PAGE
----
30 Mar Is Post-Traumatic Growth a Thing? Psychs Weigh In on the Potential Positive Effect of Life in Lockdown
via Well and Good by Erin Bunch
Post-traumatic growth is a phenomenon that basically gives credence to the phrase, “what doesn’t kill you makes you stronger.” The experience is characterized by traumatic events resulting in positive changes for individuals, and according to new research, folks exiting an acute phase of pandemic trauma are experiencing it.
The research, published in the British Journal of Psychiatry, focused on a survey of 385 caregivers of children in the United Kingdom and Portugal who had experienced unprecedented challenges due to the pandemic (e.g., homeschooling their children, losing income, and having loved ones infected with COVID-19). When asked if there were any positive effects of pandemic circumstances, 88 percent of those surveyed said yes, citing improvements in their familial relationships, an increased appreciation for life, spiritual growth, and the discovery of new opportunities. Researchers noted that those who identified such silver linings reported better mental health than those who did not.
This study was obviously quite small, however, its conclusions are not new. According to Carla Marie Manly, PhD, clinical psychologist and author of Joy From Fear, the term “post-traumatic growth” was coined in the 1990s as a formal clinical modality. But “within the realm of psychotherapy itself, the idea of using trauma to foster self-growth has been in use for over a century,” she says, noting that the concept behind it dates back much further. “In short, the traumatized individual is given the support necessary to understand, reframe, and utilize the traumatic experience to improve themselves, their relationships, and their view of the world.”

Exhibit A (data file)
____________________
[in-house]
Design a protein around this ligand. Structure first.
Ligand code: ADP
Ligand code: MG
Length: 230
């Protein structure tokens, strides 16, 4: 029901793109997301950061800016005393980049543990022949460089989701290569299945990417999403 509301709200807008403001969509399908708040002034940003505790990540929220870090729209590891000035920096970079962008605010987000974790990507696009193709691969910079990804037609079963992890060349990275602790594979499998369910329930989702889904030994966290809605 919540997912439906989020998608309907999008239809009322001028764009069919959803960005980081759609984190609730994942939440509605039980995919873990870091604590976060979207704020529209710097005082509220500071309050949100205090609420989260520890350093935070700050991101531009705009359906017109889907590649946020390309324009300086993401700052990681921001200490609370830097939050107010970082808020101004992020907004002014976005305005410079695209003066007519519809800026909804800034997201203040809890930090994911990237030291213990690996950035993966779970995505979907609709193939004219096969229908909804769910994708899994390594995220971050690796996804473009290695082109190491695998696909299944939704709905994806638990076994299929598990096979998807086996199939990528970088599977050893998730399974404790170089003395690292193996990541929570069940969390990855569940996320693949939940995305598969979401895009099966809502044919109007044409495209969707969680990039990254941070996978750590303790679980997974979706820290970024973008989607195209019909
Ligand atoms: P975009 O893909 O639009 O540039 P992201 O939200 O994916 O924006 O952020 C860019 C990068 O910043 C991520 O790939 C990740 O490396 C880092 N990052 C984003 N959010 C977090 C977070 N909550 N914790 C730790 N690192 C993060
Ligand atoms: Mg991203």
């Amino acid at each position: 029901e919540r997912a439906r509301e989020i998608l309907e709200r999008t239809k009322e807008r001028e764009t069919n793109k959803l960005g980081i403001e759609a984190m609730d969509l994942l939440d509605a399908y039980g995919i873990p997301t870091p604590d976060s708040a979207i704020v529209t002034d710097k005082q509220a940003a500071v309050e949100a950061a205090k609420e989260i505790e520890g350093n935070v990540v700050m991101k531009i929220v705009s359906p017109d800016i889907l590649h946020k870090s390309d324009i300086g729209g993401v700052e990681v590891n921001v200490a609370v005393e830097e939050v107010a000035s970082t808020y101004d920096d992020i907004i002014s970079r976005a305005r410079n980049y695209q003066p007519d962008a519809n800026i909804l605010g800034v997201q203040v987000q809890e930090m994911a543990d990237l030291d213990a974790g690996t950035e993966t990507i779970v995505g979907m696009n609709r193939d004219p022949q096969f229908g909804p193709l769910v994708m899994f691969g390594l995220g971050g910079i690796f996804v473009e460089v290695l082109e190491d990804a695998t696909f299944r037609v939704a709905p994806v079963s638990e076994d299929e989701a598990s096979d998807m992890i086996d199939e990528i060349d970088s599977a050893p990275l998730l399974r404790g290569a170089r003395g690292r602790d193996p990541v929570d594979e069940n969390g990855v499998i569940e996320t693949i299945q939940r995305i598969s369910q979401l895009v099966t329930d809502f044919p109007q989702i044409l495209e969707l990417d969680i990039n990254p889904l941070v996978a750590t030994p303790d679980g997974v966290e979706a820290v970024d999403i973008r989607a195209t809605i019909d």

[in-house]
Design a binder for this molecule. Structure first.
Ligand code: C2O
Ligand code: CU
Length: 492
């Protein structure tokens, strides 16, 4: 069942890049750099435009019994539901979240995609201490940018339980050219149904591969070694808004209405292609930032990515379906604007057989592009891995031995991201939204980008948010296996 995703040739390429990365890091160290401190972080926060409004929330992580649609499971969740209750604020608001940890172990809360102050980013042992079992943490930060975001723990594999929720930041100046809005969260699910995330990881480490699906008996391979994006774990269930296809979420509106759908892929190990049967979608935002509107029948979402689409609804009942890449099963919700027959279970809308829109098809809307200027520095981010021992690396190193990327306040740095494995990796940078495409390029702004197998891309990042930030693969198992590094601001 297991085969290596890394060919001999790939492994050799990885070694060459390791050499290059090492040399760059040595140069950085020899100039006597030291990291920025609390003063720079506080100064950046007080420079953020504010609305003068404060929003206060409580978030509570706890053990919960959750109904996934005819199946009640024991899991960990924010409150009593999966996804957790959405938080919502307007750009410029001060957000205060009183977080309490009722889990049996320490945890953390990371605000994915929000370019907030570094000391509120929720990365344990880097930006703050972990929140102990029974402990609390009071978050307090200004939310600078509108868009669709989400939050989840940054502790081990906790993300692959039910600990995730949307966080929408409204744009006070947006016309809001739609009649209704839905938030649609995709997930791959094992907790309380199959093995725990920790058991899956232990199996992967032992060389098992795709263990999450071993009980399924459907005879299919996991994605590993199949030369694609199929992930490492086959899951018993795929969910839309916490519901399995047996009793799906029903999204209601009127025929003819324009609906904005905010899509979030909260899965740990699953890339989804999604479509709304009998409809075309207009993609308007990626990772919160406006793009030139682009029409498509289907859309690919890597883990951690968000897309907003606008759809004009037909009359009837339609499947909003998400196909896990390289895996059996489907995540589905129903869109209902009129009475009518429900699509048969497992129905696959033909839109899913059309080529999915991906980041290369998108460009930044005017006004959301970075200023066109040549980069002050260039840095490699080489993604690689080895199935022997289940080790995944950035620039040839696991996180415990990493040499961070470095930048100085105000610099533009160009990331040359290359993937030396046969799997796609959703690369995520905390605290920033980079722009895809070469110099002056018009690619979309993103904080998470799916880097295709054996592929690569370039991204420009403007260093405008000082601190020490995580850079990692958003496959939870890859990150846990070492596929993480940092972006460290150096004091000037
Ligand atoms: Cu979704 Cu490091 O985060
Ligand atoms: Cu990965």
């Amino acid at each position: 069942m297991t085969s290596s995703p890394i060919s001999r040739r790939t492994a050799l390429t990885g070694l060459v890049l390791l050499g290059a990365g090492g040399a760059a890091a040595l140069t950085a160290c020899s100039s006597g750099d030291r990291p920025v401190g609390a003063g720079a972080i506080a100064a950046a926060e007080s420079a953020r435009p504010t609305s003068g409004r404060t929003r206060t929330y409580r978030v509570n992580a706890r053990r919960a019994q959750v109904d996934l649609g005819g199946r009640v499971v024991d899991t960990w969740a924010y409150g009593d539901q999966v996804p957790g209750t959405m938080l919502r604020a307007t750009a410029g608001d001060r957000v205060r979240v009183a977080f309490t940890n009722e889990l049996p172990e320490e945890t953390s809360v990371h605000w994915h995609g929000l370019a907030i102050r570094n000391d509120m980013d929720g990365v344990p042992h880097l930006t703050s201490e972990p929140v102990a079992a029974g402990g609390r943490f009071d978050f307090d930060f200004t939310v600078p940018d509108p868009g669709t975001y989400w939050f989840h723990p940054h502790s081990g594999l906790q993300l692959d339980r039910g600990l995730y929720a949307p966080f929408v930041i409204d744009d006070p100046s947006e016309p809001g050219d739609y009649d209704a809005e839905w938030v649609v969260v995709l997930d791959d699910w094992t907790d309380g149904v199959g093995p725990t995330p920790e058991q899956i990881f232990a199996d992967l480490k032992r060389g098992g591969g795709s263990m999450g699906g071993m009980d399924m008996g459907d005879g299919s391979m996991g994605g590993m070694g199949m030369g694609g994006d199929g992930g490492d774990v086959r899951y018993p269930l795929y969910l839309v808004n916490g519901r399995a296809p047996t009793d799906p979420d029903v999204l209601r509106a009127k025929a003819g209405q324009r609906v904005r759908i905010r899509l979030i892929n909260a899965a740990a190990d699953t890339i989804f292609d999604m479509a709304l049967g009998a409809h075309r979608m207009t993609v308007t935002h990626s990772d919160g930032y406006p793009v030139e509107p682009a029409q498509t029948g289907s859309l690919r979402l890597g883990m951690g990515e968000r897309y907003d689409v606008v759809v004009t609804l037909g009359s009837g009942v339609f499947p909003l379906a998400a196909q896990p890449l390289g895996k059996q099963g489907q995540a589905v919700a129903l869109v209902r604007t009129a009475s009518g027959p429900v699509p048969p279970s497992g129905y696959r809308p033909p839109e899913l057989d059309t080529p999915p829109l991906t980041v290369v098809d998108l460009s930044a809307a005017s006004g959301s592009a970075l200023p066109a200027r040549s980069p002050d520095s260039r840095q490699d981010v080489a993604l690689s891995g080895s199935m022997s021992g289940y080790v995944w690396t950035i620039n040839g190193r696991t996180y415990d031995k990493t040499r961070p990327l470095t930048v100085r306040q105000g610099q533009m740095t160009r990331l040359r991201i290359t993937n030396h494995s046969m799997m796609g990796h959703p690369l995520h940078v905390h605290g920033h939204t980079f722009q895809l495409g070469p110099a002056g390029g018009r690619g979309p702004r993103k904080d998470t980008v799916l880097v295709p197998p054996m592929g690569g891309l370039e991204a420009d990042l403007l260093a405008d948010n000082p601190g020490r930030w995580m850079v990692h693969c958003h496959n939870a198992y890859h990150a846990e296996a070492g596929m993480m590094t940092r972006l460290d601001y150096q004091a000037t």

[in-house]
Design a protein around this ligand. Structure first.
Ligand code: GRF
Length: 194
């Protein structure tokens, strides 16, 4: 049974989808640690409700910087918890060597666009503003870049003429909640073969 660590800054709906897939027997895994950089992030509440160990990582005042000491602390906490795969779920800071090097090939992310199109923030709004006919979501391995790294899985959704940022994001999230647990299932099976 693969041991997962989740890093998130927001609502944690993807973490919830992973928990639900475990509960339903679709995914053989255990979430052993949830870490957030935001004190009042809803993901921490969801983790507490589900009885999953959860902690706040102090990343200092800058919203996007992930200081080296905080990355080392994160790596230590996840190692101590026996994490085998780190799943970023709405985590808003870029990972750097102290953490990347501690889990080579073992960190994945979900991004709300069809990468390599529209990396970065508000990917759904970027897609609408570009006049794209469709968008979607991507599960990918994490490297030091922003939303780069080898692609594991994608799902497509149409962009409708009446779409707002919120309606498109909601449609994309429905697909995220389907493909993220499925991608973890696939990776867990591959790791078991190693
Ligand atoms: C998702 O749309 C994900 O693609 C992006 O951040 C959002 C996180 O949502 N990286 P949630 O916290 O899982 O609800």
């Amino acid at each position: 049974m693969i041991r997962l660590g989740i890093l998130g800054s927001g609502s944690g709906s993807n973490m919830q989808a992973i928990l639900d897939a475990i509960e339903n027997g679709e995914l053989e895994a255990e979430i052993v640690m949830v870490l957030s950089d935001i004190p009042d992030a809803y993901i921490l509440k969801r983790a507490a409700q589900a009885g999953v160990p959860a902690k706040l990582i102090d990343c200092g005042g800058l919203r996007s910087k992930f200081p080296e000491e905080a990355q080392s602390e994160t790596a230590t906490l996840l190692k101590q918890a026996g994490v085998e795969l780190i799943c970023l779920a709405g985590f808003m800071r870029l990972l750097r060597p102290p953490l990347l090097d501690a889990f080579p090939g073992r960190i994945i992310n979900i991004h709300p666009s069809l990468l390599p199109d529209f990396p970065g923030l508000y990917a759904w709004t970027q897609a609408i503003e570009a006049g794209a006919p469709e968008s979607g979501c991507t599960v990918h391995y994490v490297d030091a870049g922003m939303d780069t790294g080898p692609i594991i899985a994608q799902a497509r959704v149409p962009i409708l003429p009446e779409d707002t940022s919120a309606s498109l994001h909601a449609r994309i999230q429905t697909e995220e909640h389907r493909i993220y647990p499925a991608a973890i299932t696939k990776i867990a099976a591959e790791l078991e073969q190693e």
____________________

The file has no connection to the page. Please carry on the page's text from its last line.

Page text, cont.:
Post-traumatic growth and the pandemic
The pandemic certainly qualifies as a worthy catalyst for this type of growth, says clinical psychologist Aimee Daramus, PsyD. “Trauma often involves an unwanted change to your sense of identity—like losing a cherished job or no longer being a parent due to the loss of a child—or your sense of reality, and COVID-19 changed most people’s reality in a very short time,” she says.
Of course, not every person who’s living through the pandemic is traumatized by it. “Individuals do not respond to traumatic situations in the same way; whereas one person may be deeply traumatized by a life event, another person in the same situation may experience no distress whatsoever,” says Dr. Manly. “What is traumatic to one individual may be perceived as barely a ripple to another—so much depends on personal history, lifestyle factors, and personality characteristics.”
“An individual’s ability to use trauma to propel self-development depends on myriad factors including personality type, level of support, prior unresolved trauma, and environmental factors.” —Carla Marie Manly, PhD
… keep reading the full & original article HERE